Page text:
Lately, I’ve been golfing. Tough game when you face problems with your swing. I slice to the right. It didn’t take me long to realize that every time I take a swing, I’m repeating a bad habit. Improving a golf swing is much harder than one might think and it takes time. But I’m committed to change and improvement. I’m a long way away from becoming even a good golfer, but with the right kind of practice, improvement will come. The same is true with writing or writing practice.

I’m sure many of you have heard of the 10,000 hour rule. In Malcolm Gladwell’s 2008 bestseller Outliers, he popularized the “10,000-hours rule,” which posits that it takes about 10,000 hours of practice to become an expert at any competition, from violin to basketball to Halo. It was a powerful idea, based on several studies, and put some evidence behind the “practice makes perfect” argument for any skill.

Really it is deliberate practice that makes people into experts. Whether you work at it for years or a meaningful amount of time, the right kind of practice makes perfect. That is why it is crucial to read a lot of fiction in the genre you write for. This helps you make targeted improvements and become somewhat of a novice at identifying the type of writer you want to become. Still, to become a writer, you must practice writing stories. You can take classes or read articles, but the only way to become a writer is to practice.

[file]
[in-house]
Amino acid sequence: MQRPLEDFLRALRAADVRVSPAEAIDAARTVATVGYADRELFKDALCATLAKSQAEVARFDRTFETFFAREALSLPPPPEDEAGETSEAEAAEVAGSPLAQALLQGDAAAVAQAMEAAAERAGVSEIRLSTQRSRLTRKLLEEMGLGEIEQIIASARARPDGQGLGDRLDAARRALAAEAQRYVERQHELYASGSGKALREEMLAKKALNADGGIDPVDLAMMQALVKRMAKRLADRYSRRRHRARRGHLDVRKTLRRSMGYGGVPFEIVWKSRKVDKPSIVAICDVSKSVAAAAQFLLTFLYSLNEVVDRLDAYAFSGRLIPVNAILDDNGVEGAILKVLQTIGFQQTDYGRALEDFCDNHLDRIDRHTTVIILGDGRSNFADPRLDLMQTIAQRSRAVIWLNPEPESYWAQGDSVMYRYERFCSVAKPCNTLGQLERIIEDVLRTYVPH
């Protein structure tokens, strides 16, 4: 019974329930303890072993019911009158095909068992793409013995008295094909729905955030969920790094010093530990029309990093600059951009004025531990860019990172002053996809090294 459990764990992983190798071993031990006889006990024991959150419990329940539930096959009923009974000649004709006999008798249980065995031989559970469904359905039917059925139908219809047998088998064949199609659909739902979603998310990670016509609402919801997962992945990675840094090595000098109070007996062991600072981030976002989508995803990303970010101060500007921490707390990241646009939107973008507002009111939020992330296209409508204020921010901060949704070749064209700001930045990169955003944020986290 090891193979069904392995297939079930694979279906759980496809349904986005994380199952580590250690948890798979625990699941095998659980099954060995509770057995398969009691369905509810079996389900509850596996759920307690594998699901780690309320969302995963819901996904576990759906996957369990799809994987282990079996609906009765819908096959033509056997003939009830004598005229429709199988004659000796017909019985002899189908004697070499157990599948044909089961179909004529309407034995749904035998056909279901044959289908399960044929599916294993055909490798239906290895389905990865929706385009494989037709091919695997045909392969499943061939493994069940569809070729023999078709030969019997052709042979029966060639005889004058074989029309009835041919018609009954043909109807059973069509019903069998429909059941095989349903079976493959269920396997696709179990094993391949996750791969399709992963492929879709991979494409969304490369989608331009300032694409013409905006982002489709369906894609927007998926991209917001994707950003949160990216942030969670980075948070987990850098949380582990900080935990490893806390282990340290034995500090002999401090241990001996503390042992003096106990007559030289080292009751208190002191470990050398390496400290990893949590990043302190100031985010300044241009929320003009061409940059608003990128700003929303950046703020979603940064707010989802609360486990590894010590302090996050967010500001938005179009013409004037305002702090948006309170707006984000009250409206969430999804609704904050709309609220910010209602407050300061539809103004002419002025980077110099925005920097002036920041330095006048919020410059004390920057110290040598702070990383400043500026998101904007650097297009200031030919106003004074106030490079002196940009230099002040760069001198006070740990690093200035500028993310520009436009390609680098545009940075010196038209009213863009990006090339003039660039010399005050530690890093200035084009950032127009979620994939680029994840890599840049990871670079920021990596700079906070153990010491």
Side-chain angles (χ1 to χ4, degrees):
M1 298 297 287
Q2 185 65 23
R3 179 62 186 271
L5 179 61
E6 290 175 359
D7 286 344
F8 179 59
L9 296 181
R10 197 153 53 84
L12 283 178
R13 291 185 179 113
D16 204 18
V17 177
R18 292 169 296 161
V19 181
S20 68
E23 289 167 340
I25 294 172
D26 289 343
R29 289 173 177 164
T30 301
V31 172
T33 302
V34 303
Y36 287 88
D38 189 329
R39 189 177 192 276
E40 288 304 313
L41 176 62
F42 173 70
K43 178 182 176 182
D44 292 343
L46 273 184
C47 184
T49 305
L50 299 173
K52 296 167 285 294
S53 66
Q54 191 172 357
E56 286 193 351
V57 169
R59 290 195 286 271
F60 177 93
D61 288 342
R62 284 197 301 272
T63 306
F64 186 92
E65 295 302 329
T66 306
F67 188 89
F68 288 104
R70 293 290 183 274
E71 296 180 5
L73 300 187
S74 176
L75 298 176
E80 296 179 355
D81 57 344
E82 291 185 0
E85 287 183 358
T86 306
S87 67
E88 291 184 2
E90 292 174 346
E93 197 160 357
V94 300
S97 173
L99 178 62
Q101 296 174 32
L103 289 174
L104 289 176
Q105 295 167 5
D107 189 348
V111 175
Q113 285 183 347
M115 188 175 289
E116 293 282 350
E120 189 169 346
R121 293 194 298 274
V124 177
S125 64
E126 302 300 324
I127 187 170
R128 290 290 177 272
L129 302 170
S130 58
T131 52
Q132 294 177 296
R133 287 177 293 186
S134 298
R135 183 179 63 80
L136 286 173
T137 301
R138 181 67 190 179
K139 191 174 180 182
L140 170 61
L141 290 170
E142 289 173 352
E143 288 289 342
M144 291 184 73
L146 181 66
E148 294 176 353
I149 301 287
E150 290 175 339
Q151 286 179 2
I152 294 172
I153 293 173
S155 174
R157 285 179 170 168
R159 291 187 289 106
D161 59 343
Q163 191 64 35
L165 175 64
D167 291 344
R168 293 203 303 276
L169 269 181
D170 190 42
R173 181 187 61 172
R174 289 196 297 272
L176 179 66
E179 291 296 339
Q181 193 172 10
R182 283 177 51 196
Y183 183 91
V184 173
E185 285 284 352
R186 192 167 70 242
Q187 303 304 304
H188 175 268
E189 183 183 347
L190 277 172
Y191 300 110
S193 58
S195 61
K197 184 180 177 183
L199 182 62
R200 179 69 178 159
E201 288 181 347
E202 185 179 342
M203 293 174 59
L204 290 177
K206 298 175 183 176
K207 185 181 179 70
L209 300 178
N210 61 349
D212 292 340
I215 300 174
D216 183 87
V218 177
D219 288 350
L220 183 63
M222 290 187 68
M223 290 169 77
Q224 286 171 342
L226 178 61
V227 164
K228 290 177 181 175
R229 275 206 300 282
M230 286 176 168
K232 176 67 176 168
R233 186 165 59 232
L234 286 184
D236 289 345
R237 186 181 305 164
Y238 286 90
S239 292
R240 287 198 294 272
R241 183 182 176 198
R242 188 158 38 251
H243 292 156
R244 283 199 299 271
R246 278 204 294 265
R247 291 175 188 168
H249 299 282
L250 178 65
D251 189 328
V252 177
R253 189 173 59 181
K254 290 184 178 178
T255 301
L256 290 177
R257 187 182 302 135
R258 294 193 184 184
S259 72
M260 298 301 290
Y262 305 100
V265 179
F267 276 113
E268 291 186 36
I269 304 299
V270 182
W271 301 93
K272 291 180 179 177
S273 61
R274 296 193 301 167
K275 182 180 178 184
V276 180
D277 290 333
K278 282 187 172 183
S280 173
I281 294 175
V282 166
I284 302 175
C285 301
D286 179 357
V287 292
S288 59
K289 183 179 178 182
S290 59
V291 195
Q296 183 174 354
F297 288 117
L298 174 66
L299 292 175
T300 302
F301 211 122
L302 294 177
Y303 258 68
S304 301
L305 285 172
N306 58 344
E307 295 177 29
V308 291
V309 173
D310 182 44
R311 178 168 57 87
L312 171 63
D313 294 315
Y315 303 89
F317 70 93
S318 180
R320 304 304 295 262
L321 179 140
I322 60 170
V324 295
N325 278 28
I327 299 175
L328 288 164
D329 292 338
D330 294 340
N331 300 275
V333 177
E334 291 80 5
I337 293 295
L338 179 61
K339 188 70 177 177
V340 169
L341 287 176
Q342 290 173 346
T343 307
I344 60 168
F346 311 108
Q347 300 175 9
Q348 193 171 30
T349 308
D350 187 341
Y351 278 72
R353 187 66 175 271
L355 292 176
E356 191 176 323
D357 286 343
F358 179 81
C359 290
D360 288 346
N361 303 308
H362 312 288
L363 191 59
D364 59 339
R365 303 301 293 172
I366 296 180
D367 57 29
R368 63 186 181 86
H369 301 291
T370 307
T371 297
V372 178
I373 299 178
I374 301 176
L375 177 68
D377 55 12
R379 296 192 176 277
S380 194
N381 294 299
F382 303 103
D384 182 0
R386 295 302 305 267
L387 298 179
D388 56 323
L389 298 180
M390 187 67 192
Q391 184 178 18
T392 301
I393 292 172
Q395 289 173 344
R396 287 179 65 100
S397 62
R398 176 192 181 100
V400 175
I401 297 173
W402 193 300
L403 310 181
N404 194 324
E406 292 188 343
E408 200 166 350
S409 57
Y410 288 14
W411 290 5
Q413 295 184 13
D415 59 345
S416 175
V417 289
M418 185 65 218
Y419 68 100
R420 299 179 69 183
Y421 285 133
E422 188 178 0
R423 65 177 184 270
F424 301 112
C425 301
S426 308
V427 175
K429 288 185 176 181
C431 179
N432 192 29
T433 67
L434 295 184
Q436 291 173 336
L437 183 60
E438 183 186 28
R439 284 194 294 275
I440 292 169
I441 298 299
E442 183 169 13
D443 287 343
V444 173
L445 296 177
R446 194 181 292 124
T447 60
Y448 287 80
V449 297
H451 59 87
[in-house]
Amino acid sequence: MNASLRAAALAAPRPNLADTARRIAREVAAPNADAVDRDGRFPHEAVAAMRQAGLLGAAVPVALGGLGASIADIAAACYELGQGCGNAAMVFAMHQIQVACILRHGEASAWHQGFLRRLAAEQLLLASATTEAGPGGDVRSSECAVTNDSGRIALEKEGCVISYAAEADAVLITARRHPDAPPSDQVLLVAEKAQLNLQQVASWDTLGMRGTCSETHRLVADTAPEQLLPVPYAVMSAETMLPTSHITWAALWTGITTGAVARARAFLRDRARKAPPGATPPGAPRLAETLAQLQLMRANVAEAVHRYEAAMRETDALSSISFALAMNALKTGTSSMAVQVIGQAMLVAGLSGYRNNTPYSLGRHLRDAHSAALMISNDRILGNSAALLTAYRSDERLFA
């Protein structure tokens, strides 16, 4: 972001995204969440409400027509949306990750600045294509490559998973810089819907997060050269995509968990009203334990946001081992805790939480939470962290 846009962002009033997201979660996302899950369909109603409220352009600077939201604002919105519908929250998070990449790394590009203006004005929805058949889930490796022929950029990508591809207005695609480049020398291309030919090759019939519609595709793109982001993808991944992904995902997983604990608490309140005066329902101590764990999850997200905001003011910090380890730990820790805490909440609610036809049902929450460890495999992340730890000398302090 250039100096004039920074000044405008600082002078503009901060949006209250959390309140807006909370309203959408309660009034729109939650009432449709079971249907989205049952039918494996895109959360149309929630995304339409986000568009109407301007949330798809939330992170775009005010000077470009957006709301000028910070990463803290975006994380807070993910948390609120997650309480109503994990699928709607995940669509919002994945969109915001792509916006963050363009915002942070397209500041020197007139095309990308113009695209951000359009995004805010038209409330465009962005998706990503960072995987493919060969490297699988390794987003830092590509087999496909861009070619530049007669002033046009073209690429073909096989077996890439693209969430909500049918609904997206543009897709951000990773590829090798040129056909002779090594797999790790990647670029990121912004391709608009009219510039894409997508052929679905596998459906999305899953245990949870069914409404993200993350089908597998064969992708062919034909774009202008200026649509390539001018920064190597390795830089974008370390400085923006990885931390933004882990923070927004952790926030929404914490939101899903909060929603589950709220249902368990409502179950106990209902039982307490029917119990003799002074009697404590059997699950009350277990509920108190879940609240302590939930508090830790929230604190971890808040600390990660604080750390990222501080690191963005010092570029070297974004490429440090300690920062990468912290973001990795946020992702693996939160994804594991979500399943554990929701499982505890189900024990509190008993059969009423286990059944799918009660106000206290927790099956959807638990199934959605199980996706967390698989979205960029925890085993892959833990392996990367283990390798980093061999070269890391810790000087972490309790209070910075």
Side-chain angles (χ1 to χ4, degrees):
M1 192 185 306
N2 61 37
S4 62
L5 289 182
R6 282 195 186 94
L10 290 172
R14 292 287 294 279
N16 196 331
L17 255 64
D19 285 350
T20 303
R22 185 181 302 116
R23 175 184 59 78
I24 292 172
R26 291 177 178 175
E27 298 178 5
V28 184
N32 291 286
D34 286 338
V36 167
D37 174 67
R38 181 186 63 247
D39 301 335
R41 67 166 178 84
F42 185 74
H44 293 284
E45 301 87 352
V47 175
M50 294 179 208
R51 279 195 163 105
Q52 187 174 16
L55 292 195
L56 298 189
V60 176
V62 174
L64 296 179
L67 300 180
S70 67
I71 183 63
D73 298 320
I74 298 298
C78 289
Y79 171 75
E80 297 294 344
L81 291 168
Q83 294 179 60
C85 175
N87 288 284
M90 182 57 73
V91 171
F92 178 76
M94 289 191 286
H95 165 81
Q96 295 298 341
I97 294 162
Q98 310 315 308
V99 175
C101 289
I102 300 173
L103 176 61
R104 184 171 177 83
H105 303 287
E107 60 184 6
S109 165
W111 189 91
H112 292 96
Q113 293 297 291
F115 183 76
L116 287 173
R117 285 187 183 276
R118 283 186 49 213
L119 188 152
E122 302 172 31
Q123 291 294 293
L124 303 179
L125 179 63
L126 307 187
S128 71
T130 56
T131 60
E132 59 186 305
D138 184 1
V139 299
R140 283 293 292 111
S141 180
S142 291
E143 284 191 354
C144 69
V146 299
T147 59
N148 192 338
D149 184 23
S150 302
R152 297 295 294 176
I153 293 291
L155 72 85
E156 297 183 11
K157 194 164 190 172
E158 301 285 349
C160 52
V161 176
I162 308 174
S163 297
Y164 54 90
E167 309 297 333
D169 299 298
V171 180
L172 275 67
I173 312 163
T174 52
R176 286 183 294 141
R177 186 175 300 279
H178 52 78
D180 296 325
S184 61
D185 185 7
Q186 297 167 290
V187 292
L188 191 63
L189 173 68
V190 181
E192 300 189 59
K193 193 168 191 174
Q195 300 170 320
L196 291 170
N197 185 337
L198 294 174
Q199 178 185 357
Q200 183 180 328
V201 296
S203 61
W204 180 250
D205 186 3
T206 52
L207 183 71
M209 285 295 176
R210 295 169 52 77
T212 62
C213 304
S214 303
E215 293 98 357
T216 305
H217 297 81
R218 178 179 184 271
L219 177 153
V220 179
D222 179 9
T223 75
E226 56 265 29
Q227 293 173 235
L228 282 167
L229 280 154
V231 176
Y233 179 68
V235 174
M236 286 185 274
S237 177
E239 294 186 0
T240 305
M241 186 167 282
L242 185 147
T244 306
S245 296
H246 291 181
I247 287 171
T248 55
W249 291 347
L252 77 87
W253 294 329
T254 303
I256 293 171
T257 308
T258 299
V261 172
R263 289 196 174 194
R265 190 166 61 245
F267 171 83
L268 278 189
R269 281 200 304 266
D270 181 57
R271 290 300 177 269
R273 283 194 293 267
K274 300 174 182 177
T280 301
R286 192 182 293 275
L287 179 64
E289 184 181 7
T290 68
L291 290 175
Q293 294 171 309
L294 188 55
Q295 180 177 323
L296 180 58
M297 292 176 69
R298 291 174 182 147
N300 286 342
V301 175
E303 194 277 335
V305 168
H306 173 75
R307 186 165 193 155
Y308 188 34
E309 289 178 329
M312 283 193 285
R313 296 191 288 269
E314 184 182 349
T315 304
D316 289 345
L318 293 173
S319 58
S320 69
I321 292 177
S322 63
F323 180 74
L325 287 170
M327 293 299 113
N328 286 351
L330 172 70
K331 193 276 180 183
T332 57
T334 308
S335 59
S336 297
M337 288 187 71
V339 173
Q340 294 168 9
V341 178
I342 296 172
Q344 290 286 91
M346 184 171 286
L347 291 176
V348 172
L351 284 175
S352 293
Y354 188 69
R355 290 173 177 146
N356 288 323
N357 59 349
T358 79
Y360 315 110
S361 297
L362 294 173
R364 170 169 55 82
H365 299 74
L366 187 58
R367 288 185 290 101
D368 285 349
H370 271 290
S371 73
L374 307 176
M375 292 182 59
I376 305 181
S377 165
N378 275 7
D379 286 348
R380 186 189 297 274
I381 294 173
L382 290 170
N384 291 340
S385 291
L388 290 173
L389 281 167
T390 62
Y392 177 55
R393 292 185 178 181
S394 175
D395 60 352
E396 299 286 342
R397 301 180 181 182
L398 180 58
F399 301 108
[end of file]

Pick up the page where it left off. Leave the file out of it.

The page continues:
When I first started writing, I re-used a lot of common plots and characters I was familiar with in the children’s fiction genre. This is really the first step of targeted practice in writing. In my opinion, it is fine to emulate the masters. This has been my routine for a while. I am to the point now where I can create original characters and plots. I wouldn’t call myself an expert, but each book gets me closer to my goal. There are many writing schools and thousands of books or articles on the net, but I prefer to practice.

Another practice that contributes to improvement is having your work critiqued. I am a part of one critique group, but I’m thinking about joining a larger community of writers. SCBWI and other organizations help writers to refine ideas, get valuable feedback, and provide inspiration.

It was through my first critique group that I found a publisher and published my first book, Stink Bomb. Consider joining a group if you are not a part of one.